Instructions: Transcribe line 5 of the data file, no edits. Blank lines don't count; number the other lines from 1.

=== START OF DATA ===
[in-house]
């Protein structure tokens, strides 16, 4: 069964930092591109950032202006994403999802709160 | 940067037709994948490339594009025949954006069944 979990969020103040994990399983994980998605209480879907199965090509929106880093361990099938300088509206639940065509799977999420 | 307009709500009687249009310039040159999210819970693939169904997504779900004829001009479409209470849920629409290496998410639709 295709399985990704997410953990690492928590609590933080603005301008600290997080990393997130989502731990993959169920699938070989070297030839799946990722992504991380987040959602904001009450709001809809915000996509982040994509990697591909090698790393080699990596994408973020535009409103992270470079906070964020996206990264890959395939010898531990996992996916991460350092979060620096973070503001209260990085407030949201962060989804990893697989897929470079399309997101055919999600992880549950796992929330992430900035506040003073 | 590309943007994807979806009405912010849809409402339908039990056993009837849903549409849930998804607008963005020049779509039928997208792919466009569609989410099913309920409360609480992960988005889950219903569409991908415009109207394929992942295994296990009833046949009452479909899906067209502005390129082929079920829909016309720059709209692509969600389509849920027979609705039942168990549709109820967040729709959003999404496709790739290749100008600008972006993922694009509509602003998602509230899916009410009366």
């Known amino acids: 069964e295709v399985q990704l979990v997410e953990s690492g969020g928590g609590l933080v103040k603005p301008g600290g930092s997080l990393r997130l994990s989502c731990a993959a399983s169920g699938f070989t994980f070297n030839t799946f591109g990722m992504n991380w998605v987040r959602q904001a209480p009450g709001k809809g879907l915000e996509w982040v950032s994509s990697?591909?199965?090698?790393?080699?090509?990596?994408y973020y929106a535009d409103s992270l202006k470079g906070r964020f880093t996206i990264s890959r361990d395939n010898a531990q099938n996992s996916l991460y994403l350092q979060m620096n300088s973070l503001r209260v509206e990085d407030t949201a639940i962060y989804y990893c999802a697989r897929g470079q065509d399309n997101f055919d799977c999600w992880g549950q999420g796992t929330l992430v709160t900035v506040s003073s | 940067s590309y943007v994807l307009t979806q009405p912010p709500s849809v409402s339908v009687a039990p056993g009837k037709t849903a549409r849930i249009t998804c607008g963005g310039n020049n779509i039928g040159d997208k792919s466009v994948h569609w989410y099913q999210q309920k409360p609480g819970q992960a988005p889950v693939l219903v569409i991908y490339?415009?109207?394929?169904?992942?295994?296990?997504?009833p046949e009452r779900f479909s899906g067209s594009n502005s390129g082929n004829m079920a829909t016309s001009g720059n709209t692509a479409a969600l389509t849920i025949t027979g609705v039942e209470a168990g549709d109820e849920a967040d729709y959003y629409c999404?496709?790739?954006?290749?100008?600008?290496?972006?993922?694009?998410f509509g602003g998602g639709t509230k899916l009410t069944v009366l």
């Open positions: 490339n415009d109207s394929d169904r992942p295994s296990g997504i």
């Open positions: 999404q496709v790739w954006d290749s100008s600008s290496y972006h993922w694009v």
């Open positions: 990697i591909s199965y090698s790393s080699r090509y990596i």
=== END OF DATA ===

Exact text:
């Open positions: 999404q496709v790739w954006d290749s100008s600008s290496y972006h993922w694009v």